We estimated resource use and costs in patients with Parkinson's disease (PD), thereby providing baseline data for future economic evaluations of therapeutic interventions. Data were collected from medical records of a South Swedish cohort of 127 PD patients during 1 year (1996) and a mailed questionnaire inquiring about cost-related consequences and resource use in 1996 and in 2000. Annual costs were calculated based on prevalence and expressed in SEK (monetary value of the year 2000). Direct health care costs averaged approximately SEK 29,000 ( approximately USD 2,900; EUR 3,200) per patient per year, of which drugs were the most costly component. Nonmedical direct costs were higher than direct health care costs, averaging approximately SEK 43,000 ( approximately USD 4,300; EUR 4,800) per patient per year, and costs due to lost production were approximately SEK 52,000 ( approximately USD 5,200; EUR 5,800) per patient per year. The mean total annual cost for PD in our sample approximated SEK 124,000 ( approximately USD 12,400; EUR 13,800) per patient. These findings are roughly within the same range as estimates from other countries and show that PD causes a considerable societal burden. In addition to other outcomes, evaluations of the economic implications of new therapeutic interventions are highly warranted. In this perspective, the present study provides valuable baseline data.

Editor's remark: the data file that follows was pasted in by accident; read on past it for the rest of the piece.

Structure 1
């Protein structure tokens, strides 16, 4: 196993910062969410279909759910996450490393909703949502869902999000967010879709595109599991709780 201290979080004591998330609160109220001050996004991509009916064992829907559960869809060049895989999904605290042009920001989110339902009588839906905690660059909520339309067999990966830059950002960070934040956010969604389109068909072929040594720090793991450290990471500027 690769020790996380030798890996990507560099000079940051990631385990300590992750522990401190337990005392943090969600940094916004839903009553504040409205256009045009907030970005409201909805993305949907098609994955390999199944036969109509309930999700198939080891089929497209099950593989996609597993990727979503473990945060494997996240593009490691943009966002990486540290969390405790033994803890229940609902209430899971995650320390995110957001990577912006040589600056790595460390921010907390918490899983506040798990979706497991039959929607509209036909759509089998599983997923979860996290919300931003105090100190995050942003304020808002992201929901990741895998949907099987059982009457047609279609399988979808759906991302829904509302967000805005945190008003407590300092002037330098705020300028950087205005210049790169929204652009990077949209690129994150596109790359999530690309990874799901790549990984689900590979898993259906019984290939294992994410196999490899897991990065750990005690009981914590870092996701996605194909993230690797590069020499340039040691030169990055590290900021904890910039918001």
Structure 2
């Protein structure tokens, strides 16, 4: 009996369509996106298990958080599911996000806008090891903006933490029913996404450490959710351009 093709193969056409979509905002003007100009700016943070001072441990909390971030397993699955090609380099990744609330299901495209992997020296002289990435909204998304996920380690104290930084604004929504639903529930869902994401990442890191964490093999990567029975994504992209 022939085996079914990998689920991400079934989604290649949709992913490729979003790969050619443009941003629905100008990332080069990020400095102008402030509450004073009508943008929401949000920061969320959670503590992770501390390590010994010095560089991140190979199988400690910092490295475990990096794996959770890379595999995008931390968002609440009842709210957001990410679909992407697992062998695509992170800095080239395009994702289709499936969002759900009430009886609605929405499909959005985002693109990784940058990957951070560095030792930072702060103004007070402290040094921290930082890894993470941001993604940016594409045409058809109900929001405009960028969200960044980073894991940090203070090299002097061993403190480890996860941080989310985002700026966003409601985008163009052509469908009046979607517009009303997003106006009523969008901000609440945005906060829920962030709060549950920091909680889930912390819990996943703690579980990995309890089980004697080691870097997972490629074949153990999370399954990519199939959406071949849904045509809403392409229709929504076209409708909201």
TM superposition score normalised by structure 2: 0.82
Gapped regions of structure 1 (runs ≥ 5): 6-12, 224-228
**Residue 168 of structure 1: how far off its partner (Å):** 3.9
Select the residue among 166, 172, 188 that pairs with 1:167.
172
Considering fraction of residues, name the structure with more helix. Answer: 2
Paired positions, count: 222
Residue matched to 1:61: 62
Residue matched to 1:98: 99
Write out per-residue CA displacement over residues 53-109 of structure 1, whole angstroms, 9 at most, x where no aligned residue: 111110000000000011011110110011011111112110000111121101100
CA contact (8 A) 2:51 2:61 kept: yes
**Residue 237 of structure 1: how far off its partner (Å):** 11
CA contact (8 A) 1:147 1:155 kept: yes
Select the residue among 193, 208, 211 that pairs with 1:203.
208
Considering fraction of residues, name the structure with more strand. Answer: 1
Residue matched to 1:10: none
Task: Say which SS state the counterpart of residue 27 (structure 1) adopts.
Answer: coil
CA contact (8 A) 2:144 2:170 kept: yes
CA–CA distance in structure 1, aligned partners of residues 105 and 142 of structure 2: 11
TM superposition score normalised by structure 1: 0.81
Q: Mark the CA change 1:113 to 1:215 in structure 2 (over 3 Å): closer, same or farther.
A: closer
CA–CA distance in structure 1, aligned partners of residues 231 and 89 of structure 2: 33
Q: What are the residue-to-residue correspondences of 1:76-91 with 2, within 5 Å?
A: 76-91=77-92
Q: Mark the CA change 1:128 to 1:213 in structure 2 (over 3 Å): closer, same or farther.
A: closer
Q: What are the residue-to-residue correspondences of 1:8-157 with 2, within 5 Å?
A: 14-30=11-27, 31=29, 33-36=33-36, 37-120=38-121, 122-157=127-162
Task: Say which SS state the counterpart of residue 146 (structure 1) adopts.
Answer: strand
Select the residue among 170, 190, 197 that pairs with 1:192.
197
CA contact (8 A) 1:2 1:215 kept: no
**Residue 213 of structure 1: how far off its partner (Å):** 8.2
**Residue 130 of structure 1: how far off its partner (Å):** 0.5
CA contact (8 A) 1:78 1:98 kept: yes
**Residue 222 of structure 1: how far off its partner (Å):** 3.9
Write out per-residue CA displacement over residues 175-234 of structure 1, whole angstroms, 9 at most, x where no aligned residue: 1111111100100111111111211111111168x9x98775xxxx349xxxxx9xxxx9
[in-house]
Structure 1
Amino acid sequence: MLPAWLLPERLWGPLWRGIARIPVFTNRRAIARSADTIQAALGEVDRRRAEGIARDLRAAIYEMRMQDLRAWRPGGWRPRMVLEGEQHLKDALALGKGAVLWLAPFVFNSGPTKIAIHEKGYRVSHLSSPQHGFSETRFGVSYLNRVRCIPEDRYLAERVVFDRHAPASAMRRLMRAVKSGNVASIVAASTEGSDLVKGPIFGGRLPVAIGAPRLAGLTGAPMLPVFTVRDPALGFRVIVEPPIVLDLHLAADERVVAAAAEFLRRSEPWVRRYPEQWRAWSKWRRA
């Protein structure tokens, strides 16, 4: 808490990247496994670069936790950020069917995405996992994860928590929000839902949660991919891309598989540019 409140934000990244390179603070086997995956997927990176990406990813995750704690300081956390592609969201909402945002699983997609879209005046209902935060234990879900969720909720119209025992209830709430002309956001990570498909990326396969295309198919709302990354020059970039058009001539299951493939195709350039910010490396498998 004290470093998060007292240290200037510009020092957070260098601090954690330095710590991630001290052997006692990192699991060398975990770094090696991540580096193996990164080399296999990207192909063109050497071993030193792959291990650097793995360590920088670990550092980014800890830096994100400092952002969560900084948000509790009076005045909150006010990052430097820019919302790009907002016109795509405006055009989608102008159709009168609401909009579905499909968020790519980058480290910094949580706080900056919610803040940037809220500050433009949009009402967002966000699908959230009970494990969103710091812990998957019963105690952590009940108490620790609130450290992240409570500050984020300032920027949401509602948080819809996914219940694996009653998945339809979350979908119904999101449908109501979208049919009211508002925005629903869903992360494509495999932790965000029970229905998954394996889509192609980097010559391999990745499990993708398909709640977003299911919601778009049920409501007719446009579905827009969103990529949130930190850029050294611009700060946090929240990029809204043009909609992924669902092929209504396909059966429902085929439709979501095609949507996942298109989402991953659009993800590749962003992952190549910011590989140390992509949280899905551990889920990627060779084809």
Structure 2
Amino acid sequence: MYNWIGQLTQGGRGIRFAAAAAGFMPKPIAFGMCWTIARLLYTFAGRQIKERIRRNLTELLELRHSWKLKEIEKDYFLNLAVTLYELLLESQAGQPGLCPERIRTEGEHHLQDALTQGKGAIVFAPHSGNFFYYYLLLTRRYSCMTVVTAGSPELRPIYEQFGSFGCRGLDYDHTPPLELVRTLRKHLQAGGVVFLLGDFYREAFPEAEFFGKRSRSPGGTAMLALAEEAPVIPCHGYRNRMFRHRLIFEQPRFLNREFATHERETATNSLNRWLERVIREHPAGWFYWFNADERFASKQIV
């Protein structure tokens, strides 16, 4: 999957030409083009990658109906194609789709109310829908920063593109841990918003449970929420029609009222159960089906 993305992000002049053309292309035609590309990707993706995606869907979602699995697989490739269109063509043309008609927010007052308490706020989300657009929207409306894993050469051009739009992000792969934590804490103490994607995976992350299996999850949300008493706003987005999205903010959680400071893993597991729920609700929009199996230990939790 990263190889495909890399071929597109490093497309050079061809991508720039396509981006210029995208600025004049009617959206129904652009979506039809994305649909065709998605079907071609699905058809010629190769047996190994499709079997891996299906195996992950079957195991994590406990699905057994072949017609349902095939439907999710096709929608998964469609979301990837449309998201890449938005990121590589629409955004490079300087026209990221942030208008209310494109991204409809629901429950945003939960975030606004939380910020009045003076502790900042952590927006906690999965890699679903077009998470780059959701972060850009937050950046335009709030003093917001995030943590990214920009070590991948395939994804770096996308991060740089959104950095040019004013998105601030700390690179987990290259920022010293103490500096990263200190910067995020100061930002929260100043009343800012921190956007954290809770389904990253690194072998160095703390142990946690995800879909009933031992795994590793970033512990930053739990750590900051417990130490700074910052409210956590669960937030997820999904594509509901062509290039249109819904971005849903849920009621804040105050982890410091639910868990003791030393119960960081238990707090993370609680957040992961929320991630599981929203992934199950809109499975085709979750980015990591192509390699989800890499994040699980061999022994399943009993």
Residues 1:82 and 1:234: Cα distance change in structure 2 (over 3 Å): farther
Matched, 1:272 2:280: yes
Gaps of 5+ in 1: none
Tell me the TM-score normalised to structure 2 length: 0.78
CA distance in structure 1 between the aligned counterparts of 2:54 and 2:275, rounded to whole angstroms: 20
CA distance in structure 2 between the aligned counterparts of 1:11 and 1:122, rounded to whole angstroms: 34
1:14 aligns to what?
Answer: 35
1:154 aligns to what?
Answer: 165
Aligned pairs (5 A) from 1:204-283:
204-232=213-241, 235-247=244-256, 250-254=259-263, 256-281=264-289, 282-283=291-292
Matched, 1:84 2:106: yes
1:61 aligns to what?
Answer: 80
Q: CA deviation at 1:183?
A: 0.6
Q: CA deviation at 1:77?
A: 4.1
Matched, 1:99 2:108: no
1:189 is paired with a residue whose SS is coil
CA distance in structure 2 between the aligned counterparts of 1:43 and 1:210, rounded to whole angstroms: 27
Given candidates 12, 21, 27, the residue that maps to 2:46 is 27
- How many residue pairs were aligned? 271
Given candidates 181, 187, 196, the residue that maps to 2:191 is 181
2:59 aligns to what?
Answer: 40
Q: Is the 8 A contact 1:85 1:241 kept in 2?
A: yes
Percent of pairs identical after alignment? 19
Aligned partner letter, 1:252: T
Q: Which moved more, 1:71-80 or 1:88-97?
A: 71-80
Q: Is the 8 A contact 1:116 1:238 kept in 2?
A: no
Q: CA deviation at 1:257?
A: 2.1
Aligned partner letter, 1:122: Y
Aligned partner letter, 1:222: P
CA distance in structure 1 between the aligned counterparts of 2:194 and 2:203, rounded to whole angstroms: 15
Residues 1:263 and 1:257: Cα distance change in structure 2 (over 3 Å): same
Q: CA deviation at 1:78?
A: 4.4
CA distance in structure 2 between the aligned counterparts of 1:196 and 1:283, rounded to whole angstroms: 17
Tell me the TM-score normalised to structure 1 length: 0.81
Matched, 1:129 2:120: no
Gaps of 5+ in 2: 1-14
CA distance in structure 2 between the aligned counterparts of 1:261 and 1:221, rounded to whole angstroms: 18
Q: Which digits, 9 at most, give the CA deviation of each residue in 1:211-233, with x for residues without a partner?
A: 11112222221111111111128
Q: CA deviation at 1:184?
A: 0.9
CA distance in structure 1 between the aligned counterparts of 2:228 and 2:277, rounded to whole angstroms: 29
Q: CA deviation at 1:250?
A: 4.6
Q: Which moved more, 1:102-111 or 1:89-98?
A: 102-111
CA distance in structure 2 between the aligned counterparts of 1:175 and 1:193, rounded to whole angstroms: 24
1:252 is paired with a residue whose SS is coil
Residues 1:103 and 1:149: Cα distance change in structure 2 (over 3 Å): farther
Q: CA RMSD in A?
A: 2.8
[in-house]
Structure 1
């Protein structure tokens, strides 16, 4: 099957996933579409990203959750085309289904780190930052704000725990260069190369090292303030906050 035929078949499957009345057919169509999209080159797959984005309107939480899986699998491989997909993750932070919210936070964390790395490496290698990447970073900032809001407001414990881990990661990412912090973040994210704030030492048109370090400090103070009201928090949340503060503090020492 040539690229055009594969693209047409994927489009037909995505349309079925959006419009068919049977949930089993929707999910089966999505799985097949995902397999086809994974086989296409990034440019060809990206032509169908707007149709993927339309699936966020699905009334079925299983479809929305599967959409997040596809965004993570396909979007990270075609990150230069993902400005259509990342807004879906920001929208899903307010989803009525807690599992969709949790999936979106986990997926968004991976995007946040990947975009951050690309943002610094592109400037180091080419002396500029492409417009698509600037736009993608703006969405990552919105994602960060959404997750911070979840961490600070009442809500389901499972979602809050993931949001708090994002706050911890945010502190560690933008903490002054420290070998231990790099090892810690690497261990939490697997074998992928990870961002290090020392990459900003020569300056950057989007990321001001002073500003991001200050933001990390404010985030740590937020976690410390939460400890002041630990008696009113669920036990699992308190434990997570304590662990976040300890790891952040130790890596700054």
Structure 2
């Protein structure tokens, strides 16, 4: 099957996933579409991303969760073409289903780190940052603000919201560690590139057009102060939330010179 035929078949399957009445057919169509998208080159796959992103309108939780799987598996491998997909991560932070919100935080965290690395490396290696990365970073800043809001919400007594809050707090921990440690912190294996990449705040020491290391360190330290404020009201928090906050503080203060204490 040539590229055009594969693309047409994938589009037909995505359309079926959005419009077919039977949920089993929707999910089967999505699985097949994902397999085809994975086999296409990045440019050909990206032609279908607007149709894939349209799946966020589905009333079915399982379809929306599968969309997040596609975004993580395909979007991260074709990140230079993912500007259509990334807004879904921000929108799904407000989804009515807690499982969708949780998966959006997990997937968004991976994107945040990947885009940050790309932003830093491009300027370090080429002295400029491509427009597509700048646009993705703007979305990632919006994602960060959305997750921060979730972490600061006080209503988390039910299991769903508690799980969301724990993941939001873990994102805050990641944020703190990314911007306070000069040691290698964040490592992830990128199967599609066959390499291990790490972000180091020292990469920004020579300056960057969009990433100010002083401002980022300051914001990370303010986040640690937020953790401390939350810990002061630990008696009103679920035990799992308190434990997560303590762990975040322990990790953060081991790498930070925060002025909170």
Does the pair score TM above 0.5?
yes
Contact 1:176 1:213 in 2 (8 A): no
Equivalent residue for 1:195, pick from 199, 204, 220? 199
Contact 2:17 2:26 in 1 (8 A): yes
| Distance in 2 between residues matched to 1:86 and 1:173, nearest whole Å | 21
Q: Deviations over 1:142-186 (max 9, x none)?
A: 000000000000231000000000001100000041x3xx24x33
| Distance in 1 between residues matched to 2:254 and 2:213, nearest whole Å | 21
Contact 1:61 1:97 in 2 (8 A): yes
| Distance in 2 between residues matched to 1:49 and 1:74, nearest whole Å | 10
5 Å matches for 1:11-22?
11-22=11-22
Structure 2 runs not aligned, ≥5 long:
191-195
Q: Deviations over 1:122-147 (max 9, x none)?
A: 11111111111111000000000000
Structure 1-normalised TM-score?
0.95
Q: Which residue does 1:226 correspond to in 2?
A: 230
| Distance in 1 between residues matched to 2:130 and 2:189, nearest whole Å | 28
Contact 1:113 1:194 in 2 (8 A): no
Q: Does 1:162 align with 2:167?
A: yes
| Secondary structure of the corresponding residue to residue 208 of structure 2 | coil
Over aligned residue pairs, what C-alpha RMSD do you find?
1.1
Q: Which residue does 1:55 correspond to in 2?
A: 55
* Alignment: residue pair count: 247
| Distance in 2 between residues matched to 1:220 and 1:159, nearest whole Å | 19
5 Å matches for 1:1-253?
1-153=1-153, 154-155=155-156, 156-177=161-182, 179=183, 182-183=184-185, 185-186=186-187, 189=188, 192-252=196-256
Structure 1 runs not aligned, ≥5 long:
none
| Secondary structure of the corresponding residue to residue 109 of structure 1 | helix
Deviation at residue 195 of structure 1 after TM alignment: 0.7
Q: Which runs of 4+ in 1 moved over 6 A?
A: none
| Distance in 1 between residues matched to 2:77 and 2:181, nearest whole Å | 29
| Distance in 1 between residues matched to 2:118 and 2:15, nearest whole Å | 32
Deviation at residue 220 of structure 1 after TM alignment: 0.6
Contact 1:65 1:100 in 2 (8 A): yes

• 4.
    Hagell, Peter
    et al.
    Lund University Hospital.
    Odin, P
    Tyskland.
    Vinge, E
    Lund University Hospital.
    Pregnancy in Parkinson's disease: a review of the literature and a case report1998In: Movement Disorders, ISSN 0885-3185, E-ISSN 1531-8257, Vol. 13, no 1, p. 34-38Article in journal (Refereed)
    Abstract [en]

    Pregnancy is rare in Parkinson's disease (PD). In the literature on studies of antiparkinsonian drugs in animals during pregnancy, there are reports on malformations of the skeletal and circulatory system. However, the majority of studies in animals have not shown any teratogenicity. Amantadine has been teratogenic in rats and selegiline has caused neurochemical and behavioral alterations in rats when coadministered with clorgyline. The published experience with humans consists of 35 pregnancies among 26 women suffering from PD, including this report, and a number of cases treated with antiparkinsonian agents for other reasons. With the exception of the majority of the cases where amantadine was used, complications have been rare. However, there are indications that suggest a possible risk of a woman's parkinsonism worsening in connection with pregnancy. We also report the case of a woman with PD who was treated with L-dopa-benserazide during an uncomplicated pregnancy and gave birth to a healthy boy without experiencing any worsening of her PD.